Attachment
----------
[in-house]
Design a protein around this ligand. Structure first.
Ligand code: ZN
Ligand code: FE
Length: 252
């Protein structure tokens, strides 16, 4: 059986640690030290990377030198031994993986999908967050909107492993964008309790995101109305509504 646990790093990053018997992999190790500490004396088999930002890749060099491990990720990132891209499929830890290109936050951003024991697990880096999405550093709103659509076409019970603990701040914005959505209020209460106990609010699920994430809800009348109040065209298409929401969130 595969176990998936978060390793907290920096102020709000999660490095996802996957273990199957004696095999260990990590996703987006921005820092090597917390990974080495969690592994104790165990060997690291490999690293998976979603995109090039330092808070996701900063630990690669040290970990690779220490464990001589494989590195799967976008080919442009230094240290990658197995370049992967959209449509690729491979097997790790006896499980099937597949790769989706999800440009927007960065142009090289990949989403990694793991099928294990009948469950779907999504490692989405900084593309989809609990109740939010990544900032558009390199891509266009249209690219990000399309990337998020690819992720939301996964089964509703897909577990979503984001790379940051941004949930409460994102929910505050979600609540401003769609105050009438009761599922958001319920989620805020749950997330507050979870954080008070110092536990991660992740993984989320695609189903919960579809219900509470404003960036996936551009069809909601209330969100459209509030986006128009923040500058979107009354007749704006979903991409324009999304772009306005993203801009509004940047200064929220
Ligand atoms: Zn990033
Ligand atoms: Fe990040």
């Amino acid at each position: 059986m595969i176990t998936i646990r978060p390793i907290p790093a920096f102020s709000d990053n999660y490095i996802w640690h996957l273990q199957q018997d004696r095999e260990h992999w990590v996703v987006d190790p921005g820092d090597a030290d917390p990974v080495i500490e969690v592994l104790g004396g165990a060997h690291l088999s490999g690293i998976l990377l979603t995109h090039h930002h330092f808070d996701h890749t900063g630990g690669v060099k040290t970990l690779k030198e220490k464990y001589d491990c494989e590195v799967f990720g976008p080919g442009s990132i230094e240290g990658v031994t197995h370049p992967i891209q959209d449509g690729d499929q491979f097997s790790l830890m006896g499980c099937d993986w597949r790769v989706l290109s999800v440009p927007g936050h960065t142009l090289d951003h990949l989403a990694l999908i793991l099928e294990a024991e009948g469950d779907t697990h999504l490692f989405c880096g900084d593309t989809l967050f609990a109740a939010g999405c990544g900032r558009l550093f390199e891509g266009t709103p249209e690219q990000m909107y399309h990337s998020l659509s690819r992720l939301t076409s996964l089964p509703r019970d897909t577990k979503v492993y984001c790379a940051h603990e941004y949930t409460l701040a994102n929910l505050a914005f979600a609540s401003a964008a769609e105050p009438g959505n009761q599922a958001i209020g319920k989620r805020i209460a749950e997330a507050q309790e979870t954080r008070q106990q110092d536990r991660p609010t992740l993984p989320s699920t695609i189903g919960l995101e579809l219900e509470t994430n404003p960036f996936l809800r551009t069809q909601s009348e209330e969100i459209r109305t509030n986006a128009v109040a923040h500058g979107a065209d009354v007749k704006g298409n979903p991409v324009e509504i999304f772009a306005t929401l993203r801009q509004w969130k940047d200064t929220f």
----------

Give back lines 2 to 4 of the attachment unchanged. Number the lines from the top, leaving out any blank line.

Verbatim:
Design a protein around this ligand. Structure first.
Ligand code: ZN
Ligand code: FE